Below is a section of the Rhode Island State Statutes that we believe apply to recording phone conversations. This information is not intended as a substitute for legal counsel.
From the Rhode Island State Code
R.I. Gen. Laws § 11-35-21: State law expressly allows the recording and disclosure of the contents of any wire, oral or electronic communication by a party to the communication or with the prior consent of one of the parties, so long as no criminal or tortious purpose exists.
Under the statute, consent is not required for the taping of a non-electronic communication uttered by a person who does not have a reasonable expectation of privacy in that communication. See definition of "oral communication," R.I. Gen. Laws § 12-5.1-1.
Illegal recording, or disclosing with reason to know of the illegal recording, carries a criminal penalty of not more than five years in prison, but no penalty can be imposed if the contents of the intercepted communication have become "common knowledge or public information." Civil liability is authorized for actual damages, $100 for each day of violation or $1,000 — whichever is greater. Punitive damages, attorney fees and litigation costs also are authorized. R.I. Gen. Laws § 12-5.1-13.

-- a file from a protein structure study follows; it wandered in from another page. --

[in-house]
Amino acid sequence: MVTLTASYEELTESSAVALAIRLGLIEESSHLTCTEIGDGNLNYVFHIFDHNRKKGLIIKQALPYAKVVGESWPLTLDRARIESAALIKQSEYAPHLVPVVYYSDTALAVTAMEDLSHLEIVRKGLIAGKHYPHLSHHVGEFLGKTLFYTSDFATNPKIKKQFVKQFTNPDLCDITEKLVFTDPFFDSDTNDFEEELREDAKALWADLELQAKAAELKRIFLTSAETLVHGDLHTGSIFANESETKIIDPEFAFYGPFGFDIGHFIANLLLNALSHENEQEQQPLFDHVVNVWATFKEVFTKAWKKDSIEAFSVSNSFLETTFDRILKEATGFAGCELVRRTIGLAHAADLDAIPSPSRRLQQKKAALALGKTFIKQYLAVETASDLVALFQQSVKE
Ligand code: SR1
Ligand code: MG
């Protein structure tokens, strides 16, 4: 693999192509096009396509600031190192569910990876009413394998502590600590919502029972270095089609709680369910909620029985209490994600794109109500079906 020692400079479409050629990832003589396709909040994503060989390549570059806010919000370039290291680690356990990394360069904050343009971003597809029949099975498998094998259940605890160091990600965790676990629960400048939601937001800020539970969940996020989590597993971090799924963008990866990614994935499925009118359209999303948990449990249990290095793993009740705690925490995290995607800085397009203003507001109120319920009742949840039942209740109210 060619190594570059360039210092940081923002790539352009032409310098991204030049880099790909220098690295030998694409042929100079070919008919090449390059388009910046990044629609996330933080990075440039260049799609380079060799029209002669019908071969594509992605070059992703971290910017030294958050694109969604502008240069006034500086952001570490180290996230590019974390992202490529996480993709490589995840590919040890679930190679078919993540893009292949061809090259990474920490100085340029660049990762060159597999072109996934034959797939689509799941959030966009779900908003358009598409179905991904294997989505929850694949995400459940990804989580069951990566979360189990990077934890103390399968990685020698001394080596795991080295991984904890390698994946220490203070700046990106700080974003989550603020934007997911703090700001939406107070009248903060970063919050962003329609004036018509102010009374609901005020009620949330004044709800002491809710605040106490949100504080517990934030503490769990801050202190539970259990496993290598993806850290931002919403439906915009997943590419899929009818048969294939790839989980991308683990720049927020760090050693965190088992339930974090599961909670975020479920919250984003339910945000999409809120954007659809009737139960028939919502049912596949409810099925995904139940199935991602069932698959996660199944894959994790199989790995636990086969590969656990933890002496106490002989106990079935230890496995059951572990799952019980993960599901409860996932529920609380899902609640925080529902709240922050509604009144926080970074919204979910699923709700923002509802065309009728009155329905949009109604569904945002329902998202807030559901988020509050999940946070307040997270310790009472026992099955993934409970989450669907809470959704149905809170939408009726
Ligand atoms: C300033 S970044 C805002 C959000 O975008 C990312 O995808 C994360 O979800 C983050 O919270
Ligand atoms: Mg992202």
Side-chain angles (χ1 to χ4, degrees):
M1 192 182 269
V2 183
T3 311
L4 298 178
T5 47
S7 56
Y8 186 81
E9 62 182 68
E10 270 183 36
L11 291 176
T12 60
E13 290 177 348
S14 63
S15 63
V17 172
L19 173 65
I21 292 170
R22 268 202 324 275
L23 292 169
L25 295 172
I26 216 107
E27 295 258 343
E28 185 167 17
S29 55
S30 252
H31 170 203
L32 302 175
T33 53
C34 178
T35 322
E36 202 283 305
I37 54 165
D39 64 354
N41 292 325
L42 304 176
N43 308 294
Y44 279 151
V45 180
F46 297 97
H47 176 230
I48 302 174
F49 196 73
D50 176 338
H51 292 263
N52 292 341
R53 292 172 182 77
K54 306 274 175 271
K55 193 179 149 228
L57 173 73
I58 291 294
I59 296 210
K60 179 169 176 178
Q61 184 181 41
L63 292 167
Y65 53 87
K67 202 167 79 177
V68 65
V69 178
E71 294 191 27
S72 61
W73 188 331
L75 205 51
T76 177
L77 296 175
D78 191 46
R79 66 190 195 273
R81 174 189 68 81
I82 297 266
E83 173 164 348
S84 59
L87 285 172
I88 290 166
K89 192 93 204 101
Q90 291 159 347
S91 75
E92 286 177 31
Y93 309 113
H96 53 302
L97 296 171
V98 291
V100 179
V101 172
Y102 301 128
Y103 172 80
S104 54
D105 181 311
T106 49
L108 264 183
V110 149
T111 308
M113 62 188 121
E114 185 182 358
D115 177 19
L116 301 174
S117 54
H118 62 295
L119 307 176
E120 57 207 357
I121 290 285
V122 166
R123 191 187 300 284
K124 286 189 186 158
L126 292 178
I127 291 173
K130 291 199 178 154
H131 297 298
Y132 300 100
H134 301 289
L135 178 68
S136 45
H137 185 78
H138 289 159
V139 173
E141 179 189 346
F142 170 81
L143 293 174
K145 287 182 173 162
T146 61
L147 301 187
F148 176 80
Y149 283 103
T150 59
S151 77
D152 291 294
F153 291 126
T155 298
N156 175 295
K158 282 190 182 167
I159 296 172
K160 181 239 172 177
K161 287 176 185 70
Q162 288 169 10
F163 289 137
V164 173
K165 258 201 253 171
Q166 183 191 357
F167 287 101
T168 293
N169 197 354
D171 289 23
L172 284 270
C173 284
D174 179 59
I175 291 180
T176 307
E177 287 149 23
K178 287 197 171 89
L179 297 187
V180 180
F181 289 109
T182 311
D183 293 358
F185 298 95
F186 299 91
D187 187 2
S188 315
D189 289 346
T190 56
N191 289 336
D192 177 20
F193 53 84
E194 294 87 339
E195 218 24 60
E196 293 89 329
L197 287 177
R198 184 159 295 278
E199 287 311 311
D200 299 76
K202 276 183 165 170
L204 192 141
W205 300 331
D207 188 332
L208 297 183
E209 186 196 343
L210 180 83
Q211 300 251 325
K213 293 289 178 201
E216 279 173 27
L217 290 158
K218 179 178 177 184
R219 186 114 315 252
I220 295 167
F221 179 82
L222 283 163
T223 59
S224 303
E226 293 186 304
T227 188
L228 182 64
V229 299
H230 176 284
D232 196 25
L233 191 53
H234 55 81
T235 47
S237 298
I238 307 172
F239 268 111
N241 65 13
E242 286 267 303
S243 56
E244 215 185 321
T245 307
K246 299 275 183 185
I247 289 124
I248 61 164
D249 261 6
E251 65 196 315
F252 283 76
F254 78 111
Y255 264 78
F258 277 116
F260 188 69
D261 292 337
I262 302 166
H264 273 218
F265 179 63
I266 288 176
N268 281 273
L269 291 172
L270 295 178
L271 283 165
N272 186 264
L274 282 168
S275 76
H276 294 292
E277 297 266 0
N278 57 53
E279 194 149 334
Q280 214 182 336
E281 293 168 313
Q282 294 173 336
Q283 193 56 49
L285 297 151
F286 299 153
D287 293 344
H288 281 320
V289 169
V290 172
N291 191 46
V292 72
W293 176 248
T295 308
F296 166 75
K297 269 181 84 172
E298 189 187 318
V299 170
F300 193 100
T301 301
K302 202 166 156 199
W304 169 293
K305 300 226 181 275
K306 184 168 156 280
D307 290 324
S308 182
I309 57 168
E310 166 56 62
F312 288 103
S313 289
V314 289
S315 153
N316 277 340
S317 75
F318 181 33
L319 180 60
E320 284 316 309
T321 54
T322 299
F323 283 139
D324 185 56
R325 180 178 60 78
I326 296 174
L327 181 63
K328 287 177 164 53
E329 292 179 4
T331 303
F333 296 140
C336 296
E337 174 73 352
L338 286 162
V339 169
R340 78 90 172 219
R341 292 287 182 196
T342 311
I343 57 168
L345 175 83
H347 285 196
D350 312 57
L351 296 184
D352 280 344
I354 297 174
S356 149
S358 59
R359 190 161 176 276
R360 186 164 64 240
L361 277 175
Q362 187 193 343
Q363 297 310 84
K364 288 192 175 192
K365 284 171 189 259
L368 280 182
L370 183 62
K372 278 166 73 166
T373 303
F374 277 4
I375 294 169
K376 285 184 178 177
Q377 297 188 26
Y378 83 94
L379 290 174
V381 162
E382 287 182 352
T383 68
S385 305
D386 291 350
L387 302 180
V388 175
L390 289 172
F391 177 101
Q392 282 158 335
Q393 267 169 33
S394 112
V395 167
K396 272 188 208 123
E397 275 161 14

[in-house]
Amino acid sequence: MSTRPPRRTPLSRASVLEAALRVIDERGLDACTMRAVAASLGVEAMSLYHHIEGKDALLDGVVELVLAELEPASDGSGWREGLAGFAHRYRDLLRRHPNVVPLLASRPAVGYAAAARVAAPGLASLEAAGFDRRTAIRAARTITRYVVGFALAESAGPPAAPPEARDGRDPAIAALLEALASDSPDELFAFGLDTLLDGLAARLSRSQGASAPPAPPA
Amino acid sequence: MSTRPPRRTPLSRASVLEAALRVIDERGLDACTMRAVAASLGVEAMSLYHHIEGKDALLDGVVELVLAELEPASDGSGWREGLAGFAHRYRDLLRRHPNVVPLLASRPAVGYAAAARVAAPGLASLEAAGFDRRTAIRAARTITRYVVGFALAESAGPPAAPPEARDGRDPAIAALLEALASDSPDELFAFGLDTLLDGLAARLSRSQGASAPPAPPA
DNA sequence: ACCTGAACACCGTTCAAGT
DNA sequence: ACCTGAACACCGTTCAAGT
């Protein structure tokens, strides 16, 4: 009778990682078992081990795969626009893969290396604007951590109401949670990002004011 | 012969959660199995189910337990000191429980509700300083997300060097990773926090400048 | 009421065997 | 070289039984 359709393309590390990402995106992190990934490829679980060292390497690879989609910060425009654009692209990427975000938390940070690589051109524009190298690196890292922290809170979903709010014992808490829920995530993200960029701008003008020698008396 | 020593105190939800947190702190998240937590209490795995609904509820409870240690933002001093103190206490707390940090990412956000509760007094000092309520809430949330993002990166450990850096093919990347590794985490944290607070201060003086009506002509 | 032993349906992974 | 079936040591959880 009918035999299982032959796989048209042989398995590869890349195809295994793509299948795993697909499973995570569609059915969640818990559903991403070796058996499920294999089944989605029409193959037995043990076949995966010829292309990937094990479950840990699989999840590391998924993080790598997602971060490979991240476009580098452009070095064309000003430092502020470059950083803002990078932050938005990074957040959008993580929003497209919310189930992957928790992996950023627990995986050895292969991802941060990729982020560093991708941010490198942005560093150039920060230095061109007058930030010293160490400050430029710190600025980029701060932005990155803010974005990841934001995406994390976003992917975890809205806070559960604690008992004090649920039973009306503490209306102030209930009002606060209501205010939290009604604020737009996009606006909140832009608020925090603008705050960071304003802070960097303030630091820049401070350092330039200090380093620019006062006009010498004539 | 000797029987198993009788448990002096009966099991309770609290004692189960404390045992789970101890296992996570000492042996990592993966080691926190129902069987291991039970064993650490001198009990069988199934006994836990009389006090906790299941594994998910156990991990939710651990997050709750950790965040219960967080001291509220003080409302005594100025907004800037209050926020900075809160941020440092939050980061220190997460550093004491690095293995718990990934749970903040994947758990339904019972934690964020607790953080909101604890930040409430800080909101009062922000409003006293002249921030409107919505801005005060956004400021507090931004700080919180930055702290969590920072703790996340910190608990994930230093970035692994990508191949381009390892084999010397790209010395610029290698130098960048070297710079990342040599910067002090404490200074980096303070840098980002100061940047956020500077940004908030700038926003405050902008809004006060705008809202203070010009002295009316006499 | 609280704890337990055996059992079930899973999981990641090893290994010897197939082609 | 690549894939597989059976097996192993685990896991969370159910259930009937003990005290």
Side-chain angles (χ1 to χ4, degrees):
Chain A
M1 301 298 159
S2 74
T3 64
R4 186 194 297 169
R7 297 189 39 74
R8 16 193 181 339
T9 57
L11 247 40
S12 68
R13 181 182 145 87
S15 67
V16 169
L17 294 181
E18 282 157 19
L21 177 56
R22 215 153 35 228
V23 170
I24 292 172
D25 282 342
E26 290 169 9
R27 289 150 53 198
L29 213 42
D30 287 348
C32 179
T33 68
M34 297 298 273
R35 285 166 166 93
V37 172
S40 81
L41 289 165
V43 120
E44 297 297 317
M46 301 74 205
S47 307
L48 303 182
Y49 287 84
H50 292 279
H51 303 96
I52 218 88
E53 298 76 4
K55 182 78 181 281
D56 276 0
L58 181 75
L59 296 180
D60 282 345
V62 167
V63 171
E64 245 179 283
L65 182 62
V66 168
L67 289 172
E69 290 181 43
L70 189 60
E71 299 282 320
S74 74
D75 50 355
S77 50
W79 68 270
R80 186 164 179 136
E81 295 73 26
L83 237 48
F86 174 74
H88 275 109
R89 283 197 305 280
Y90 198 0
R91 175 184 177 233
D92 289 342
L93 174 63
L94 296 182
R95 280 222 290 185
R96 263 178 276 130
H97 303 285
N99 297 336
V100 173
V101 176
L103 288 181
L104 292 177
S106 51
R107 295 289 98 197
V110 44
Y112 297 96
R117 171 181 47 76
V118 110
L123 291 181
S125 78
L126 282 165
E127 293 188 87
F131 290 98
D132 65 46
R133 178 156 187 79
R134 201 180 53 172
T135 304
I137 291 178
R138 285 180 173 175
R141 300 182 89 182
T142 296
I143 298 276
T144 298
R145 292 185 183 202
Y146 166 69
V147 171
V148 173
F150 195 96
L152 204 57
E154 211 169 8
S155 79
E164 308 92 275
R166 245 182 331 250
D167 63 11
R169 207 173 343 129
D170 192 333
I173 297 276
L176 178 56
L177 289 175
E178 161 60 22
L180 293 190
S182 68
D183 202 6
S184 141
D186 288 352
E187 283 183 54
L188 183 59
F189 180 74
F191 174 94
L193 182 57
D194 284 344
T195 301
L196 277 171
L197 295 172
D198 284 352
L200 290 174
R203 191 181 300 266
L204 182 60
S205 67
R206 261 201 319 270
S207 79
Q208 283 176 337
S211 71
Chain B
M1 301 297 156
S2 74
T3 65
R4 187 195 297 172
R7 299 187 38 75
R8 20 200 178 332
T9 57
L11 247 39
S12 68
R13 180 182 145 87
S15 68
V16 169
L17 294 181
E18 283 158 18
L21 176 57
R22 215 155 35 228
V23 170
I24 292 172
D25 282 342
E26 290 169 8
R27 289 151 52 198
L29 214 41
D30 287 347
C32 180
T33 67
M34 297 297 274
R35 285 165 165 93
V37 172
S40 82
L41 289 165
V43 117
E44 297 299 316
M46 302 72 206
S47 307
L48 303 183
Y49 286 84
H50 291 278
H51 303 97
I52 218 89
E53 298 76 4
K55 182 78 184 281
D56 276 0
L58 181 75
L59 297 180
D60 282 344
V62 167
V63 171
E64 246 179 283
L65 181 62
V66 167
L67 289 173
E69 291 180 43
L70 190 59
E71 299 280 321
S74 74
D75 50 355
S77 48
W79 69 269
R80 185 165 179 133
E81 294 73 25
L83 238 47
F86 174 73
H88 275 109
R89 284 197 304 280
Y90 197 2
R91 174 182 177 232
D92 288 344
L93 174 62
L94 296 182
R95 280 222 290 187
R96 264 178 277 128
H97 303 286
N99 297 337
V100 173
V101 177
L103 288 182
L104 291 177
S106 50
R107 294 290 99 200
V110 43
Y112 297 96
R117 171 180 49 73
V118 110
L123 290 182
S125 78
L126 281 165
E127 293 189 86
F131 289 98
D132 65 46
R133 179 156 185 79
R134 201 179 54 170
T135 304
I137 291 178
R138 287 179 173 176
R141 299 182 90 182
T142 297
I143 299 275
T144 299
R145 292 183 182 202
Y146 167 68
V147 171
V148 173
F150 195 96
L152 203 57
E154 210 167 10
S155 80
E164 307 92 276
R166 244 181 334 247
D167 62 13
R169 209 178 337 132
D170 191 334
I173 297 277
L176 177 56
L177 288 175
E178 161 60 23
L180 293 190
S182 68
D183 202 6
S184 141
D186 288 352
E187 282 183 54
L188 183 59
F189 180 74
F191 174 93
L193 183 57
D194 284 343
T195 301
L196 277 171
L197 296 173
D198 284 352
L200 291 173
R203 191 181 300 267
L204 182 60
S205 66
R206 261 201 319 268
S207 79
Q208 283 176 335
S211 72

The state’s highest court has expressly recognized that the law allows the recording of conversations with the consent of one party only. Pulawski v. Blais, 506 A.2d 76 (R.I. 1986). The Supreme Court of Rhode Island has stated that Rhode Island’s wiretapping laws should be interpreted more strictly than the federal wiretapping statute "in the interest of giving the full measure of protection to an individual’s privacy." State v. O’Brien, 774 A.2d 89 (R.I. 2001).
It is always best to talk with an attorney if you have questions about the legal implications of recording calls in your state. We hope this information will serve as a general guide, and is not intended to substitute for expert legal counsel.